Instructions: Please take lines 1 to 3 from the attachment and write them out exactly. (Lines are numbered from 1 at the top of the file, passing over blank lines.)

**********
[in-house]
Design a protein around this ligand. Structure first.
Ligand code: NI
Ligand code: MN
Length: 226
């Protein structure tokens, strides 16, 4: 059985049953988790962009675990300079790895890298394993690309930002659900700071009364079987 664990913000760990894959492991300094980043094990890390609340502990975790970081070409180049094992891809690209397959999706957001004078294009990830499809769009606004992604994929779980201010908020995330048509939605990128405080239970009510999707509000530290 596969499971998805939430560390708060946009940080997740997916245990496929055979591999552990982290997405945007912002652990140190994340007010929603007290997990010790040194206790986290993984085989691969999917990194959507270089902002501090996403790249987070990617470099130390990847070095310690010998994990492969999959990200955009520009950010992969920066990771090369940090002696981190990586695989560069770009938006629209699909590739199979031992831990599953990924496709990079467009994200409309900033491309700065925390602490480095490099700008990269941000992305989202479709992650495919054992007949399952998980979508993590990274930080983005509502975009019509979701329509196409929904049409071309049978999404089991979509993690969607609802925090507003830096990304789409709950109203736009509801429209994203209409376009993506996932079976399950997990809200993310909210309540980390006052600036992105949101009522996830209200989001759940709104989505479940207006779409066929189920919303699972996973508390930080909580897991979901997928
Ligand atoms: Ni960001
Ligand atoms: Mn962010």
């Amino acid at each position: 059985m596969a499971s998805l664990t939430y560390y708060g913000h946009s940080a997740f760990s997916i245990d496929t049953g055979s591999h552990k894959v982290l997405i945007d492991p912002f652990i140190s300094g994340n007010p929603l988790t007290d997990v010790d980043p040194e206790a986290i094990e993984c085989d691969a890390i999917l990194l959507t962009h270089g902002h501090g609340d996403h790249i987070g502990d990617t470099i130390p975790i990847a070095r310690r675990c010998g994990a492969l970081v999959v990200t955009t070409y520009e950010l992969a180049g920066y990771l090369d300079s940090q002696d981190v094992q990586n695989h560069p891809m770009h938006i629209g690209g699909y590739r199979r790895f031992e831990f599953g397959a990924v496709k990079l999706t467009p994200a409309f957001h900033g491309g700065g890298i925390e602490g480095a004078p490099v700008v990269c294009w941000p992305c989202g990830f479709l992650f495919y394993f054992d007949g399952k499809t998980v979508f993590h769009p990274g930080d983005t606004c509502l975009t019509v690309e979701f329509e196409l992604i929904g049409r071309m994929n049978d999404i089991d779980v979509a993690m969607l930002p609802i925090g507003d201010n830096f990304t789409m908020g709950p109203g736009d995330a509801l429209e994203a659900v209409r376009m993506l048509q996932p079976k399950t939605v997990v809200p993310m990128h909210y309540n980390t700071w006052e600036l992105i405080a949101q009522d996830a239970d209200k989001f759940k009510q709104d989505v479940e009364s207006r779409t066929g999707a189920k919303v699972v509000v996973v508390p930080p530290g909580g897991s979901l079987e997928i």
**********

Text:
[in-house]
Design a protein around this ligand. Structure first.
Ligand code: NI